Curiosity: forget “Cherchez la femme” (Look for the woman.) “Cherchez l’histoire.” (Look for the story.)
The illustrations in the book are small. As a result, the maps and the diagrams describing parts of a steam locomotive are difficult to read. Here you can click on each image to see a much larger version.
The Bailey brothers arrived in Toronto with their parents around 1846, when Francis was five, John two. I first discovered this 1878 map in Toronto: No Mean City, by Eric Arthur. Later I found it on-line at maps.york.ca. This annotated version shows where John, his family, and various friends lived in close proximity to the Toronto waterfront and the Western Yards that played such an important role in his formative years.
John served in the US Military Railroad of Northern Virginia from February 1864 through July 1865. He saw a very small fraction of the overall conflict, but he was there when it ended and only a few miles from precisely where it ended. This map was in one of my father’s West Point texts, published in 1937.
Francis was cast out by their father in 1856. He found an uncle in Albany and settled there. In later years, John visited Albany many times. This fuzzy enlargement of South Albany, from a map in the 1901 Albany City Directory, conveys a general idea of where Francis and his family and John’s friend Homer Dodge lived and worked.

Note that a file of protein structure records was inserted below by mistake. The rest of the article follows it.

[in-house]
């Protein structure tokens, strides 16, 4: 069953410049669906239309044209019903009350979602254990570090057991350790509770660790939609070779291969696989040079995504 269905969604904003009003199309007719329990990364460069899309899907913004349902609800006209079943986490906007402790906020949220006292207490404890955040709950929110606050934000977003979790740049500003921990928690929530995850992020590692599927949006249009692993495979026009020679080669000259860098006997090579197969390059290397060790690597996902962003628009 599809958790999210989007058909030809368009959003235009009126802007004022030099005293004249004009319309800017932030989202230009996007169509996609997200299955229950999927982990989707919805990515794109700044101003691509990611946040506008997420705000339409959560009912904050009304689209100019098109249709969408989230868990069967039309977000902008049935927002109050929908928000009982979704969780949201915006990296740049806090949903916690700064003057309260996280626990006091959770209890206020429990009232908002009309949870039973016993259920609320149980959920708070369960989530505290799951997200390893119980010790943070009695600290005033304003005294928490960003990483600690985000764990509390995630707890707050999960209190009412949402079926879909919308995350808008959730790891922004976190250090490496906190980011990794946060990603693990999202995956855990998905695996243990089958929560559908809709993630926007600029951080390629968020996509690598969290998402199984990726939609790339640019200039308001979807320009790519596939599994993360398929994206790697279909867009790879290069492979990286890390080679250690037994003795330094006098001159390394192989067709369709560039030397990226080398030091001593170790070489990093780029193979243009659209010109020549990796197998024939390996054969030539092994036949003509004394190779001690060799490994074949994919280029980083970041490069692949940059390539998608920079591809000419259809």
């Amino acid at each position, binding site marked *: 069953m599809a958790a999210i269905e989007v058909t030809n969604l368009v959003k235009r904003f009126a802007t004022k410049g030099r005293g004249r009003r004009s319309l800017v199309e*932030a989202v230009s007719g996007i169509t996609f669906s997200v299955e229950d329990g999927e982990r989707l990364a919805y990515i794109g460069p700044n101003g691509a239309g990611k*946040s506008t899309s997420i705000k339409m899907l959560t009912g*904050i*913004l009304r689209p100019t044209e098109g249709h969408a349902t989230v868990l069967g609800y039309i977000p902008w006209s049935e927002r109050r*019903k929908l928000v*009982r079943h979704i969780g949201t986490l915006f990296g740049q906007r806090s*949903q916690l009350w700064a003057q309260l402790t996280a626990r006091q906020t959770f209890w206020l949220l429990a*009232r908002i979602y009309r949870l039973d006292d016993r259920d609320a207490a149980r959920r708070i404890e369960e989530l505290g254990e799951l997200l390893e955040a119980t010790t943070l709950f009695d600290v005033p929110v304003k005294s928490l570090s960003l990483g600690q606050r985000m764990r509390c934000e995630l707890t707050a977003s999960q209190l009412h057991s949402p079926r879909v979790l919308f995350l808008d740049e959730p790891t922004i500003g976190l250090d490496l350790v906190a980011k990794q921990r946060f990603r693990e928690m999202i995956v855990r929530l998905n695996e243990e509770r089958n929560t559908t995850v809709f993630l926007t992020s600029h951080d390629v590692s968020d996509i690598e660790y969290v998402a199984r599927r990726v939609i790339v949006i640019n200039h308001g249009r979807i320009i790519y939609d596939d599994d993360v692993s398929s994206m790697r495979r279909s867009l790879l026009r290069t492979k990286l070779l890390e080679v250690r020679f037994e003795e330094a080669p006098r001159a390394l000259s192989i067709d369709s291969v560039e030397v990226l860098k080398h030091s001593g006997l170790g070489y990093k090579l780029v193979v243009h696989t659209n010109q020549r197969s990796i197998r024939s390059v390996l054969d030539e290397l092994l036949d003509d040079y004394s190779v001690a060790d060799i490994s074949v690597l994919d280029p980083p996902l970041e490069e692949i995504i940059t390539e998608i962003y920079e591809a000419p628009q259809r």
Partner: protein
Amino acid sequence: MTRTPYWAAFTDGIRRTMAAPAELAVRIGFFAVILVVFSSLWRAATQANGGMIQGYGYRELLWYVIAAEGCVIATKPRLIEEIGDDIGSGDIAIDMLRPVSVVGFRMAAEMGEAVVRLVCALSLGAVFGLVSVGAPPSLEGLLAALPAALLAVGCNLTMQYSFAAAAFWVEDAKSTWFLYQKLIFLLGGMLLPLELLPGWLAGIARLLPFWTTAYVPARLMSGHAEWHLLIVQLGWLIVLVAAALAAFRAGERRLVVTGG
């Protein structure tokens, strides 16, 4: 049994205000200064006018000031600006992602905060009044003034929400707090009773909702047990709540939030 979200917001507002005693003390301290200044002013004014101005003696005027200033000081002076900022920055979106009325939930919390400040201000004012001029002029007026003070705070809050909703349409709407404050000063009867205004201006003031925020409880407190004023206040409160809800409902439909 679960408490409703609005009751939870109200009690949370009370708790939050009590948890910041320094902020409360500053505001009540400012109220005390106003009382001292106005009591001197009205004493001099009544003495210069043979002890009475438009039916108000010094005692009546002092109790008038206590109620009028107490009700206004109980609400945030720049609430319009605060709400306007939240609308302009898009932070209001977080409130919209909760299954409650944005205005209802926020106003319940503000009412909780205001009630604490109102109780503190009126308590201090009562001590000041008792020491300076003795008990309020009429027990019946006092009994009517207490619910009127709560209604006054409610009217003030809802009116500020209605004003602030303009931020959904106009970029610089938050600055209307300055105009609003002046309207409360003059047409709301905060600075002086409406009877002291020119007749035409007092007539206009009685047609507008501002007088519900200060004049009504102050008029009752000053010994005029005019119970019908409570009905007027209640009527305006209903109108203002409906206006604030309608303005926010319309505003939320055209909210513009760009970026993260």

I was particularly intrigued by the brilliant simplicity of the Westinghouse air-brake system: the brakes don’t release until the system is fully charged to the correct air pressure. If a car should somehow break loose, the system loses pressure and the brakes lock automatically so that the runaway car stops. The diagram in the book is difficult to read.
The Jackson District Library has a large version of this bird’s eye view of the city hanging on the wall. I tried unsuccessfully to purchase a copy at several places in town. Years later, I found it on historicmapworks and happily paid the fee to download a hi-res copy, which I have annotated with approximate locations of places that feature significantly in the story.
This final map sets John’s adult life in its geographic perspective–and you can trace his cherished run from Ft. Wayne through Hillsdale and Adrian to Jackson. This is a small segment from a much larger cartographic image I found at–and paid to download from—David Rumsey Historic Mapworks.